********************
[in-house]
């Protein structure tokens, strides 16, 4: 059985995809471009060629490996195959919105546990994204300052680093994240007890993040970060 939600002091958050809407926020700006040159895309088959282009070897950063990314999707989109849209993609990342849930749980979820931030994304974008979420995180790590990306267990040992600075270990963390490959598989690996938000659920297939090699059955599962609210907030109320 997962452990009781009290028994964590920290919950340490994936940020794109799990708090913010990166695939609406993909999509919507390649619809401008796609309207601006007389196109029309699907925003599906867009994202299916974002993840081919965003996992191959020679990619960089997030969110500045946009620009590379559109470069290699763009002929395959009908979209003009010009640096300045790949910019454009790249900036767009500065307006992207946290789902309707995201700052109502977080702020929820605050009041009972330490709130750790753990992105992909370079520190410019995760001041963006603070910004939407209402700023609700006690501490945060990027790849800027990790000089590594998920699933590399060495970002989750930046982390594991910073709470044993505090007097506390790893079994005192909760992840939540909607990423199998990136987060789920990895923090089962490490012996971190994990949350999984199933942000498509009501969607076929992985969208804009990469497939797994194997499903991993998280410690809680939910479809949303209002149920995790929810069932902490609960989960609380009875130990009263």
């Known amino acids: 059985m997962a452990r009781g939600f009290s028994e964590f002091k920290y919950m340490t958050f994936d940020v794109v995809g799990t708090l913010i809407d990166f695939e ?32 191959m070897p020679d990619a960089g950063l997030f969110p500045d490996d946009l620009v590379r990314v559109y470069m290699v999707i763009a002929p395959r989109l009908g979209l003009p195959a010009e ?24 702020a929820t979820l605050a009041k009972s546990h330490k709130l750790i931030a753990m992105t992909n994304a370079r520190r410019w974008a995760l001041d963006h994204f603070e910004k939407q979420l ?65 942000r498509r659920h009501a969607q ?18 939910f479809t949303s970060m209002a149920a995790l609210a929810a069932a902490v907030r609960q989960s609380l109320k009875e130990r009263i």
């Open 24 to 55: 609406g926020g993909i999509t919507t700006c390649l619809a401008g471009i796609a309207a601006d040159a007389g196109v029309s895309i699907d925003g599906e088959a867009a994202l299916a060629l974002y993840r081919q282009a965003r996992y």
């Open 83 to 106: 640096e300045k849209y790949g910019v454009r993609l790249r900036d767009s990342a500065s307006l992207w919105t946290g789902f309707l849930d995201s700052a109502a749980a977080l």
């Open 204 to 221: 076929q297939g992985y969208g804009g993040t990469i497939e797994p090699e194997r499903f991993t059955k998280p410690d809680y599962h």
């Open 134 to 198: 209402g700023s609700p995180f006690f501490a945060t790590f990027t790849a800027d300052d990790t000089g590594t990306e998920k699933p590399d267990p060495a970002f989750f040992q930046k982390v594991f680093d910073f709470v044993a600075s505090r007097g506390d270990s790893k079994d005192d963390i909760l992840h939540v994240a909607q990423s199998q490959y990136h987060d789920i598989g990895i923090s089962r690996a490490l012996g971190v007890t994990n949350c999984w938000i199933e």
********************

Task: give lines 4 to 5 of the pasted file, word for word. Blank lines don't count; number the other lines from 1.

């Open 24 to 55: 609406g926020g993909i999509t919507t700006c390649l619809a401008g471009i796609a309207a601006d040159a007389g196109v029309s895309i699907d925003g599906e088959a867009a994202l299916a060629l974002y993840r081919q282009a965003r996992y």
């Open 83 to 106: 640096e300045k849209y790949g910019v454009r993609l790249r900036d767009s990342a500065s307006l992207w919105t946290g789902f309707l849930d995201s700052a109502a749980a977080l």